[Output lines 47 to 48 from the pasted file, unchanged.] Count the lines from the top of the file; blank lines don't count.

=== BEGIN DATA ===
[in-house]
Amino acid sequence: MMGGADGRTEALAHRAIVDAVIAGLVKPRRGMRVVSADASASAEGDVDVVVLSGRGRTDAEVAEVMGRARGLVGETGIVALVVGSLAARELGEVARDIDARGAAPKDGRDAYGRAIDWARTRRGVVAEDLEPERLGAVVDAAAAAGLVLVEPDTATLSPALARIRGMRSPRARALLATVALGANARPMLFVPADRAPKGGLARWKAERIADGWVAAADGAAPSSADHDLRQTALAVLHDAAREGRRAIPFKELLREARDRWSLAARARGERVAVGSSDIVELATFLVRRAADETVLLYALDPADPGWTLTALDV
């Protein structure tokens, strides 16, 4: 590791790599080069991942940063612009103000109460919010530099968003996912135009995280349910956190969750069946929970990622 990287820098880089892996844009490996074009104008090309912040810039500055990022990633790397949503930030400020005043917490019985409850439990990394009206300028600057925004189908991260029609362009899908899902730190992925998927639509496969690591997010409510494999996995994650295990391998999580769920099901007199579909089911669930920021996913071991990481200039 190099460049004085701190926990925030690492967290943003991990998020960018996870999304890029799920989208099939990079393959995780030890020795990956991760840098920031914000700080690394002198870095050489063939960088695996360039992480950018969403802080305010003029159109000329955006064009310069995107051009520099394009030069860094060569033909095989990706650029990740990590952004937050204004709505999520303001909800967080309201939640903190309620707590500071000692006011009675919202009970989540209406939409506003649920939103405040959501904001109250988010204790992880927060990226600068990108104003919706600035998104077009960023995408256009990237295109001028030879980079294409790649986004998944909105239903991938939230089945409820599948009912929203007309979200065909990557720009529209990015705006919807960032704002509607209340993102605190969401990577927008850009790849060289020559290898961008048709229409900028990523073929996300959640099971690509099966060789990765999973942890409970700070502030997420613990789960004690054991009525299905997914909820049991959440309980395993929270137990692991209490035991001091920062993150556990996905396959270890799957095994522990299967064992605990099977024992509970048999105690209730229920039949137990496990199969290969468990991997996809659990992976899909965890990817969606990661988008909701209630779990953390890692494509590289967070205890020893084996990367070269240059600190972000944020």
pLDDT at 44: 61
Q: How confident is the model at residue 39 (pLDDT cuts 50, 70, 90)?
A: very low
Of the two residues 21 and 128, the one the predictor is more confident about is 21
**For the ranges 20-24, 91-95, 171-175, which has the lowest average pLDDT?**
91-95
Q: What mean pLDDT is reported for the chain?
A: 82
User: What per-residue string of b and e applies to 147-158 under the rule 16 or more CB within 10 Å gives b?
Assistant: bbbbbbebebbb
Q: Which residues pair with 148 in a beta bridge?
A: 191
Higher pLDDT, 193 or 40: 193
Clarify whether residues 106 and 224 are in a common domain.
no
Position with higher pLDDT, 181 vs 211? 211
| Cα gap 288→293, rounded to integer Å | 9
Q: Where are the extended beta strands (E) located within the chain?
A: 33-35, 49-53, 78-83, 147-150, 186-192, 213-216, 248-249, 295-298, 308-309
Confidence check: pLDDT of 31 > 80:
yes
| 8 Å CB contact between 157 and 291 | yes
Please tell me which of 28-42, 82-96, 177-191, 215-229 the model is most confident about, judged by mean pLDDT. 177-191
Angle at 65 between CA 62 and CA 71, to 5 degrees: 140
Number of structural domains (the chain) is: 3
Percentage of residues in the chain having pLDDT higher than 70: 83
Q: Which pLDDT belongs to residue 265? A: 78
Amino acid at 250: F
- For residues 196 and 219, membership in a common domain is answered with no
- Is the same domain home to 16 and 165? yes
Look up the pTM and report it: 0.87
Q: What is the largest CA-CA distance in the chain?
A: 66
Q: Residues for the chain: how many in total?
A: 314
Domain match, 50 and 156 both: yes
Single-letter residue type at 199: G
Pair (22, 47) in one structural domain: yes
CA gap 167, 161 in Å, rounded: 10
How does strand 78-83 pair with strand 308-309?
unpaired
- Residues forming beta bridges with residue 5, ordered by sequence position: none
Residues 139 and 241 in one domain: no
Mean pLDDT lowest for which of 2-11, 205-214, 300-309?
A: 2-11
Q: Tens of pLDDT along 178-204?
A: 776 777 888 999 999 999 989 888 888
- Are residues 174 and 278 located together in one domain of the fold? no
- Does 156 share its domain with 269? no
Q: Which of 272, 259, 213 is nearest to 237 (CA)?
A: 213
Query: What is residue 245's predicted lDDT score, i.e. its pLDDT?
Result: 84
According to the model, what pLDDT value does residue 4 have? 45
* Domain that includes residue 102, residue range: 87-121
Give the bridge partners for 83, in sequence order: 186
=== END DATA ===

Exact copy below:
Mean pLDDT lowest for which of 2-11, 205-214, 300-309?
A: 2-11